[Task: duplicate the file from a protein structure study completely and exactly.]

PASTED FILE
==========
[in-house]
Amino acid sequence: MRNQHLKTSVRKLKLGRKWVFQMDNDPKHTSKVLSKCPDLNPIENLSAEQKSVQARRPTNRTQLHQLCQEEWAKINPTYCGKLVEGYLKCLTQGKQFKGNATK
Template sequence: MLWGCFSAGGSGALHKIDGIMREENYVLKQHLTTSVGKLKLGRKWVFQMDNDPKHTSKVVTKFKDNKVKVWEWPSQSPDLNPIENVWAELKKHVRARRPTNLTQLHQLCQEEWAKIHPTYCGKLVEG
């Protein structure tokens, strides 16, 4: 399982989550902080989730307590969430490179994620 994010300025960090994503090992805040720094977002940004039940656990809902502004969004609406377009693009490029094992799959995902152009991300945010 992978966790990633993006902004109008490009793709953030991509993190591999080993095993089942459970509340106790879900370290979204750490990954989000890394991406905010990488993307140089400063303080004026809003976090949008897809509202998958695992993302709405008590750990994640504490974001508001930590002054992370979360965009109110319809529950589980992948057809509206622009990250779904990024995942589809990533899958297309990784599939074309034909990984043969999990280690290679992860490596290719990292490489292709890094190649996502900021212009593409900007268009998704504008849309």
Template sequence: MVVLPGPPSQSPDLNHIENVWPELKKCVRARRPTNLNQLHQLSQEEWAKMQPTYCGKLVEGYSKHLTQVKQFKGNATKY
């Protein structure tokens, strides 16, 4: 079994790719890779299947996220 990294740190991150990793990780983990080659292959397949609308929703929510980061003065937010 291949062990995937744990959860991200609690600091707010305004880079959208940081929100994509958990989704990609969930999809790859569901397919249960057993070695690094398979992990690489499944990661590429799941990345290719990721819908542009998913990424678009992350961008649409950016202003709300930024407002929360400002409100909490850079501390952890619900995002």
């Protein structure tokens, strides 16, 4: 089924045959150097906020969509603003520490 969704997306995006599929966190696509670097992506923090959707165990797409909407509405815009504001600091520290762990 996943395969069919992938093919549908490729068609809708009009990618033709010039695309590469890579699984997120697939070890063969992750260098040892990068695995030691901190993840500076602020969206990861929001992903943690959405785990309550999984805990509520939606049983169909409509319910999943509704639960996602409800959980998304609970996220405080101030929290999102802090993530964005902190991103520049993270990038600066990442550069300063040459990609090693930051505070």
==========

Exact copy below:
[in-house]
Amino acid sequence: MRNQHLKTSVRKLKLGRKWVFQMDNDPKHTSKVLSKCPDLNPIENLSAEQKSVQARRPTNRTQLHQLCQEEWAKINPTYCGKLVEGYLKCLTQGKQFKGNATK
Template sequence: MLWGCFSAGGSGALHKIDGIMREENYVLKQHLTTSVGKLKLGRKWVFQMDNDPKHTSKVVTKFKDNKVKVWEWPSQSPDLNPIENVWAELKKHVRARRPTNLTQLHQLCQEEWAKIHPTYCGKLVEG
């Protein structure tokens, strides 16, 4: 399982989550902080989730307590969430490179994620 994010300025960090994503090992805040720094977002940004039940656990809902502004969004609406377009693009490029094992799959995902152009991300945010 992978966790990633993006902004109008490009793709953030991509993190591999080993095993089942459970509340106790879900370290979204750490990954989000890394991406905010990488993307140089400063303080004026809003976090949008897809509202998958695992993302709405008590750990994640504490974001508001930590002054992370979360965009109110319809529950589980992948057809509206622009990250779904990024995942589809990533899958297309990784599939074309034909990984043969999990280690290679992860490596290719990292490489292709890094190649996502900021212009593409900007268009998704504008849309």
Template sequence: MVVLPGPPSQSPDLNHIENVWPELKKCVRARRPTNLNQLHQLSQEEWAKMQPTYCGKLVEGYSKHLTQVKQFKGNATKY
């Protein structure tokens, strides 16, 4: 079994790719890779299947996220 990294740190991150990793990780983990080659292959397949609308929703929510980061003065937010 291949062990995937744990959860991200609690600091707010305004880079959208940081929100994509958990989704990609969930999809790859569901397919249960057993070695690094398979992990690489499944990661590429799941990345290719990721819908542009998913990424678009992350961008649409950016202003709300930024407002929360400002409100909490850079501390952890619900995002």
């Protein structure tokens, strides 16, 4: 089924045959150097906020969509603003520490 969704997306995006599929966190696509670097992506923090959707165990797409909407509405815009504001600091520290762990 996943395969069919992938093919549908490729068609809708009009990618033709010039695309590469890579699984997120697939070890063969992750260098040892990068695995030691901190993840500076602020969206990861929001992903943690959405785990309550999984805990509520939606049983169909409509319910999943509704639960996602409800959980998304609970996220405080101030929290999102802090993530964005902190991103520049993270990038600066990442550069300063040459990609090693930051505070």